Vampires have been represented in many different forms over the years in cinema. Their continued presence (even amidst critic outcry in regards to the “Twilight” series) shows audiences’ fascination with vampires isn’t going anywhere anytime soon. There’s quite a difference, however, between the representation in films like even Anne Rice’s “Interview with the Vampire” and dated period pieces like Carl Theodor Dreyer’s “Vampyr.” It’s in this vein that the classic 1922 film “Nosferatu,” directed by F.W. Murnau, falls. However, with more a disjointed scope, a sporadic score, and a wide lens, “Nosferatu,” while excellent cinema, may appeal more to classic film buffs than those looking for a good scare.
The basic plot here is that a real estate salesman, Hutter (Gustav von Wangenheim) is sent to Transylvania to negotiate a deal with Count Graf Orlock (Max Schreck) to purchase some property in Hutter’s hometown. His voyage to Orlock’s ‘estate’ is filmed eerily; treacherous paths and a certain fear of Orlock’s castle that not even the locals dare venture to. Upon meeting up with Orlock, it becomes clear the man is not what he seems, and Hutter may be in over his head. In the creepiest line from the movie, Orlock narrates to Hutter that his wife “has a beautiful neck.” It manages to send shivers down our spines.
For this review I watched “Nosferatu: Original Version” and it is presented fully in its original filming style, with no apparent digital or film upgrades ‘added’ to modernize it or make it more palatable. This is a compliment. Much of the film watches as though it was filmed through a 35mm film reel; you can almost here the humming sound in the background as though you’re watching a home movie, and not at all a blockbuster.
The film is silent, titled throughout in the same ilk as “Phantom of the Opera,” placards detailing characters’ speech and thoughts. The coloration of the film is superb. We’re presented with a grainy film, cast in pinks, blues, sepias, and greens. These take us through the quaint village that is the protagonist, Hutter’s home. Decaying brick buildings and 1920’s adornments line the houses, cobblestone streets the town squares. Likewise, Orlock’s castle is filmed in an otherworldly style; the interior seems elaborate and stately, with marble tiled floors, high roofs, immense archways, and archaic doors.
The writers for “Nosferatu” are credited as Henrik Galeen and Bram Stoker, and it’s clear that the film is based almost shot for shot off of Stoker’s 1897 novel, which is, honestly, one of the film’s downsides. Hutter in this film is every bit Jonathan from Stoker’s novel, his wife Ellen (Greta Schröder) likewise channeling Mina from the same book.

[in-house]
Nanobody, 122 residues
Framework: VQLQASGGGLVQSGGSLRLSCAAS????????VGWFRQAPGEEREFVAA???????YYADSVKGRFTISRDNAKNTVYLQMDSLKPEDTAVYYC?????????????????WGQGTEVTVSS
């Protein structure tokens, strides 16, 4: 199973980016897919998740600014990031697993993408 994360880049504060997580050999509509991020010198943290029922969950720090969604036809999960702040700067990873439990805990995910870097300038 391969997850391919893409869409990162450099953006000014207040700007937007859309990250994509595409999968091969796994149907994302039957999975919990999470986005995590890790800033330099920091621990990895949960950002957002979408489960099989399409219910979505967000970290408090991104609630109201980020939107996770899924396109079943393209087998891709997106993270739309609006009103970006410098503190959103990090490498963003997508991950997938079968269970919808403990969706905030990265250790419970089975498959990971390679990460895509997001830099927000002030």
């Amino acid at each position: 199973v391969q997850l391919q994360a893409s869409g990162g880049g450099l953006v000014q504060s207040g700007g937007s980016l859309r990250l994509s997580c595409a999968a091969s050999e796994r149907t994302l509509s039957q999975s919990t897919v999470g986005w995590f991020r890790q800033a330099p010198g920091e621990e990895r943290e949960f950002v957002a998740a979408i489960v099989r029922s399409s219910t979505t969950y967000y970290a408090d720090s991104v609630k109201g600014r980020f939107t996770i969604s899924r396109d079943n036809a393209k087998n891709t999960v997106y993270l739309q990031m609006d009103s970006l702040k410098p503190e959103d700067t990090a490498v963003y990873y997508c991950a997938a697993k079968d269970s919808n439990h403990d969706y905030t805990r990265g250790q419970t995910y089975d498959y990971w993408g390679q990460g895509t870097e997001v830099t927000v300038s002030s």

While the set pieces of “Nosferatu” are well done, if you’ve read “Bram Stoker’s Dracula” you know rather sufficiently what is going to unfold, and it takes away of some of the mystery of the film. That in itself is fine if you are okay with viewing “Nosferatu” through an artist’s lens. Watching the film’s grainy colorization, in tandem with its eerie set pieces and long shots (the best of which portrays Orlock casting an haunting shadow amidst a wall, his long, clawed hands stretching before him), gives viewers a sense of escapism and entry into a time period of film forgotten from modern audiences whose ideas of vampires involve actors like Brad Pitt, Tom Cruise, and, modernly, Robert Pattison. Watching “Nosferatu” is like stepping back in time through a portal. Unlike vampires of new, Orlock doesn’t finish his victim with blood running from his greedy chin, but rather his work known only through tiny puncture holes about his victims’ necks, which they write off as mosquito bites or some such anomaly.
What I didn’t overly enjoy watching this film is the score, which is bombastic and ill fitting to the film. At the film’s beginning, for instance, it’s as if F.W. Murnau didn’t trust us to believe from Hutter’s face that he is excited to travel to Transylvania for work, surrounding his film with loud, almost marching-type music. This same motif is repeated at the film’s critical ending, which works to subtract from the creepiness that is abound. “Nosferatu” would have been better served with low droning organs and humming bass to highlight it’s scarier portions. Overall the score subtracts from the greater experience.
All in all, “Nosferatu” holds up as the classic it is, and is certainly a good way to spend the Halloween season if looking for old-fashioned horror. As a silent film it’s artistic, solid, engaging. As a classic vampire film, however, I feel that the 1932’s “Vampyr” offers a more authentic and eerie presence than offered in “Nosferatu,” despite Schreck’s flawless make-up, acting, and screen presence here.